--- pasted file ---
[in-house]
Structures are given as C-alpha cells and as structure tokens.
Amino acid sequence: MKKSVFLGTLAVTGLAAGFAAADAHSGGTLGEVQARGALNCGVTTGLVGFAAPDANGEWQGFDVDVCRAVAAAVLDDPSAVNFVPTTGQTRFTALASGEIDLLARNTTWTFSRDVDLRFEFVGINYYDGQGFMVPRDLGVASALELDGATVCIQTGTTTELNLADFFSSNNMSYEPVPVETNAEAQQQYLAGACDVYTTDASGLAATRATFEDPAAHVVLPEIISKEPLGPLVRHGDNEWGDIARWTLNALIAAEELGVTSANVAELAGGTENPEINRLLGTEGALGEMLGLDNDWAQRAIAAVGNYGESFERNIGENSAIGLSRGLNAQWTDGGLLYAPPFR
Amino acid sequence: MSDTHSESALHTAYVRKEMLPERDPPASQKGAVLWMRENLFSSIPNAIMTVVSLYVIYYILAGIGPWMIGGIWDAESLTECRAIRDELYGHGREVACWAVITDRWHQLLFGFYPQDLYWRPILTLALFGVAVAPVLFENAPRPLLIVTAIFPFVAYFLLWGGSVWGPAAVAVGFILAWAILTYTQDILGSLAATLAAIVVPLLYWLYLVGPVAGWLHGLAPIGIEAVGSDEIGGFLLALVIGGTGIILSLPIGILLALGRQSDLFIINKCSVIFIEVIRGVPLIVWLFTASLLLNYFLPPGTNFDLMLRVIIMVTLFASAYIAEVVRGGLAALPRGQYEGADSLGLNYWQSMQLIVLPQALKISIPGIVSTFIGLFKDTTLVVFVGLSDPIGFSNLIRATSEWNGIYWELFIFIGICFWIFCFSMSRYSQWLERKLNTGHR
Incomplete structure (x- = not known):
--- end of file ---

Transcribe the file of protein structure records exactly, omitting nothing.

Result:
[in-house]
Structures are given as C-alpha cells and as structure tokens.
Amino acid sequence: MKKSVFLGTLAVTGLAAGFAAADAHSGGTLGEVQARGALNCGVTTGLVGFAAPDANGEWQGFDVDVCRAVAAAVLDDPSAVNFVPTTGQTRFTALASGEIDLLARNTTWTFSRDVDLRFEFVGINYYDGQGFMVPRDLGVASALELDGATVCIQTGTTTELNLADFFSSNNMSYEPVPVETNAEAQQQYLAGACDVYTTDASGLAATRATFEDPAAHVVLPEIISKEPLGPLVRHGDNEWGDIARWTLNALIAAEELGVTSANVAELAGGTENPEINRLLGTEGALGEMLGLDNDWAQRAIAAVGNYGESFERNIGENSAIGLSRGLNAQWTDGGLLYAPPFR
Amino acid sequence: MSDTHSESALHTAYVRKEMLPERDPPASQKGAVLWMRENLFSSIPNAIMTVVSLYVIYYILAGIGPWMIGGIWDAESLTECRAIRDELYGHGREVACWAVITDRWHQLLFGFYPQDLYWRPILTLALFGVAVAPVLFENAPRPLLIVTAIFPFVAYFLLWGGSVWGPAAVAVGFILAWAILTYTQDILGSLAATLAAIVVPLLYWLYLVGPVAGWLHGLAPIGIEAVGSDEIGGFLLALVIGGTGIILSLPIGILLALGRQSDLFIINKCSVIFIEVIRGVPLIVWLFTASLLLNYFLPPGTNFDLMLRVIIMVTLFASAYIAEVVRGGLAALPRGQYEGADSLGLNYWQSMQLIVLPQALKISIPGIVSTFIGLFKDTTLVVFVGLSDPIGFSNLIRATSEWNGIYWELFIFIGICFWIFCFSMSRYSQWLERKLNTGHR
Incomplete structure (x- = not known):